Identify collaboration habits of top salespeople to replicate their success
Improve onboarding of new sales-people and track their progress
Make online meetings more efficient
Align sales activities with client value and company priorities
Hitachi’s Workplace Analytics and Workforce Efficiency solution, including data collection and cleansing, analytics, a custom executive dashboard, and behavioral and change management
Gained ongoing visibility into salespeople's internal and external collaboration behaviors, network depth and breadth, and growth over time
Identified opportunity to reclaim $136,000/month in productivity by eliminating unnecessary meeting participants
Gained insights into improving the new salesperson onboarding process
Understand and replicate top producers' collaboration habits
As part of the reorganization, the sales leadership team wanted to understand how salespeople's collaboration habits affect productivity and efficiency. How do top producers collaborate with other team members, internal organizations and partners—how often and at what point in the sales cycle? What types of interactions (one-on-one meetings, etc.) help new employees become fully productive the fastest—and how long should those interactions continue? Are the right people invited to online meetings, or are some participants redundant, leading to lost productivity?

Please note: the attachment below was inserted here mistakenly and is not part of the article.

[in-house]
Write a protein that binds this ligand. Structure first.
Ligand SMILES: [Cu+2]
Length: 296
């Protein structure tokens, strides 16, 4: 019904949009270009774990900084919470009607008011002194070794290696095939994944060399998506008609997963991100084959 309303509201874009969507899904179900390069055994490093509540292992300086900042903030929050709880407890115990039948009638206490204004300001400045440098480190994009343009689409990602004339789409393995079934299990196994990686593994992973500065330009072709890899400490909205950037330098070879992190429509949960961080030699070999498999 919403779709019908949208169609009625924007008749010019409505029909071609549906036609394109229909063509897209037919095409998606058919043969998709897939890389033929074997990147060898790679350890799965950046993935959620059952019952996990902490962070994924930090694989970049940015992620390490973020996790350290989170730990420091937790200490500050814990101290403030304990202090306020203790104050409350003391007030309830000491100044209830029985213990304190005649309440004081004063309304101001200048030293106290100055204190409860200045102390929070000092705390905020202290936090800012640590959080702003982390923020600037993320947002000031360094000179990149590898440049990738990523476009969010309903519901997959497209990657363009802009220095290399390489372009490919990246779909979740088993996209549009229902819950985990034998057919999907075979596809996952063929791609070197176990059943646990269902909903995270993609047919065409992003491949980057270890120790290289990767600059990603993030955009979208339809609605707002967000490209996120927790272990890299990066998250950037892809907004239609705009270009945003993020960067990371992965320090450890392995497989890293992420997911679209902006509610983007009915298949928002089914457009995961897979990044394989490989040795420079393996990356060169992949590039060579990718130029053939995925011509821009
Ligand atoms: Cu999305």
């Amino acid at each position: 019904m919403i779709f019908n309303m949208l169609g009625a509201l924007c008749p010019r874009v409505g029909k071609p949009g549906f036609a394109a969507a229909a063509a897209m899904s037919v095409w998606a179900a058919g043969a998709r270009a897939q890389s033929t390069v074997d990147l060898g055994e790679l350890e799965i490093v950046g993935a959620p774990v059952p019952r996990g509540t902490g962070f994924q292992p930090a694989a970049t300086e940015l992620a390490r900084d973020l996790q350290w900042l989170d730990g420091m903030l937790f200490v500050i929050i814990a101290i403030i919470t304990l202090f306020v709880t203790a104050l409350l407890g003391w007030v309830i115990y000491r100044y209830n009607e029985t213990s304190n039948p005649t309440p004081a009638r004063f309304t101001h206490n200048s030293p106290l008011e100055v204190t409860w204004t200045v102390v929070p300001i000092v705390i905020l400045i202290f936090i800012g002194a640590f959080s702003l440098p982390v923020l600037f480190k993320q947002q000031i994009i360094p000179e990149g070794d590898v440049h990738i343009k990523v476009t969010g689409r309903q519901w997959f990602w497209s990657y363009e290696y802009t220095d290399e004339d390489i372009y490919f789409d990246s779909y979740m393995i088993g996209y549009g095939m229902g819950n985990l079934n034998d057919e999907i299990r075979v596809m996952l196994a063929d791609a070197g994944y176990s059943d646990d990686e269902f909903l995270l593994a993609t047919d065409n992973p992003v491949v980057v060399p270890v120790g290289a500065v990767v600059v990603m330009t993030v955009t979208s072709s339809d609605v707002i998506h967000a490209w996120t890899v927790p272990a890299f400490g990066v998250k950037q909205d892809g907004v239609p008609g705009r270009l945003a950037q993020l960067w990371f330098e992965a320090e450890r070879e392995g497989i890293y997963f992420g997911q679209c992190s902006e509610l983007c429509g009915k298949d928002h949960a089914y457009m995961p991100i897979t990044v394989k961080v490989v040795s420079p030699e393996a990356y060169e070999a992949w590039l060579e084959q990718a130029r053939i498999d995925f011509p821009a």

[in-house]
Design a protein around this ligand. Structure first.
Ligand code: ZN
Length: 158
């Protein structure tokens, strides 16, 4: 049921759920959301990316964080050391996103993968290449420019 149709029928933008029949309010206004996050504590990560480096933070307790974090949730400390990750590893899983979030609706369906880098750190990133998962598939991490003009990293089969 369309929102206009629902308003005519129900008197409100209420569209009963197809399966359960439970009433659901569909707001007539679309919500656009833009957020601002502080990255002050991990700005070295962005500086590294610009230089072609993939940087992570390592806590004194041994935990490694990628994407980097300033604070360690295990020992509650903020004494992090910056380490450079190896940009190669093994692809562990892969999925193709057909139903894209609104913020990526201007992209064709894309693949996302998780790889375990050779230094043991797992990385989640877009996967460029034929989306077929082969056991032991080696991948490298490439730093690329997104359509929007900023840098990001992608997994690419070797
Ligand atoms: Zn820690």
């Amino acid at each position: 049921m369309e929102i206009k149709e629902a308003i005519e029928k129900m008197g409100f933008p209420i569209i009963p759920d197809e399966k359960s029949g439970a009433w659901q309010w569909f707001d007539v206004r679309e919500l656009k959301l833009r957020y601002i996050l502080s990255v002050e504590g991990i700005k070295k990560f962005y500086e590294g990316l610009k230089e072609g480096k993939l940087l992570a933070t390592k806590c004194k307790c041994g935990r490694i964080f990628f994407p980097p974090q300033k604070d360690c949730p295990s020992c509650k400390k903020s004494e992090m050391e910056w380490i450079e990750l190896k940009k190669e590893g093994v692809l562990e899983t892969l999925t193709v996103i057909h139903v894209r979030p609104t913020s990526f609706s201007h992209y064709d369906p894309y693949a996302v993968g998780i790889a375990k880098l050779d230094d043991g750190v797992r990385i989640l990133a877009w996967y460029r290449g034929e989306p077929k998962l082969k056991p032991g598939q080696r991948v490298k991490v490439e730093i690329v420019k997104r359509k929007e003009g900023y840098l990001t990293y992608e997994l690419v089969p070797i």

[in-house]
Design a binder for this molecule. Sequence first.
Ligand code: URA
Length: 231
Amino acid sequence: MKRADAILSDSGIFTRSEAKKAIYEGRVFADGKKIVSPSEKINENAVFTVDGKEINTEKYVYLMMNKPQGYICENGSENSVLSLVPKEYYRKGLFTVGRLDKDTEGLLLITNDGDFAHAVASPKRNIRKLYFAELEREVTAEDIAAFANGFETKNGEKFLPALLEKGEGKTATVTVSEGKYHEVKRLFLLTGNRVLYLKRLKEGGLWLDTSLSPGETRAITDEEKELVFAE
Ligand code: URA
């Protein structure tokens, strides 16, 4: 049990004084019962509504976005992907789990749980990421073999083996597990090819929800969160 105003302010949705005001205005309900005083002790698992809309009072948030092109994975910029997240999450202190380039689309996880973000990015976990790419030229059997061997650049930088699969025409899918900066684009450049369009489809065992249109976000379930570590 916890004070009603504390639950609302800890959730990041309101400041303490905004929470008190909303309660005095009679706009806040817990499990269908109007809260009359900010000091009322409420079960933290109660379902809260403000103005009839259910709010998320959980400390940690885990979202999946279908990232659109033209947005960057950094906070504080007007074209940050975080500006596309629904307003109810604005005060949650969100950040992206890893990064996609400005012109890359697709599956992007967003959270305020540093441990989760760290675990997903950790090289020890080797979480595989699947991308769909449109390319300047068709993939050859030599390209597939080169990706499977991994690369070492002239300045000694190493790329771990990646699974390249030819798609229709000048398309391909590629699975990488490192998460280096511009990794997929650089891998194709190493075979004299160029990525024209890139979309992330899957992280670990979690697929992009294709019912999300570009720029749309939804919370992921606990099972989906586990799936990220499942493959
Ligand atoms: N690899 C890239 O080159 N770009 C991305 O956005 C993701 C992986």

Self-reporting of behavior tends to be inaccurate; the sales organization wanted hard data. Company leaders also wanted help driving the behavioral and organizational changes needed to replicate the collaboration habits of top producers across the sales force.
The client is a global services firm that sells to enterprises in all industries. The North American sales organization is currently reorganizing to increase efficiency and productivity and align more closely with company priorities.
Uncovering insights with Microsoft Workplace Analytics—and then putting them to work
The company engaged Hitachi to deliver its Workplace Analytics and Workplace Efficiency solution. At the outset, Hitachi met with senior sales leadership to develop hypotheses. A few examples: "Top producers engage early with internal and external partners involved in delivering the solution." "New hires become fully effective after two months." "Regular one-on-one meetings with the sales manager lead to higher performance."
To test the hypotheses, Hitachi used Microsoft Workplace Analytics to look for patterns in data from Microsoft Office 365, the client's CRM system, the sales commission database, social media programs and other sources. The consulting team created a custom executive dashboard that shows:
Team collaboration history and sales performance for the period selected. Collaboration measures include emails sent (when and to whom) and meetings attended (when and with whom).
Tenure analysis for sales personnel. The analysis shows how behavior has changed during the onboarding process and subsequently. Metrics include seller engagement as well as network depth and breadth.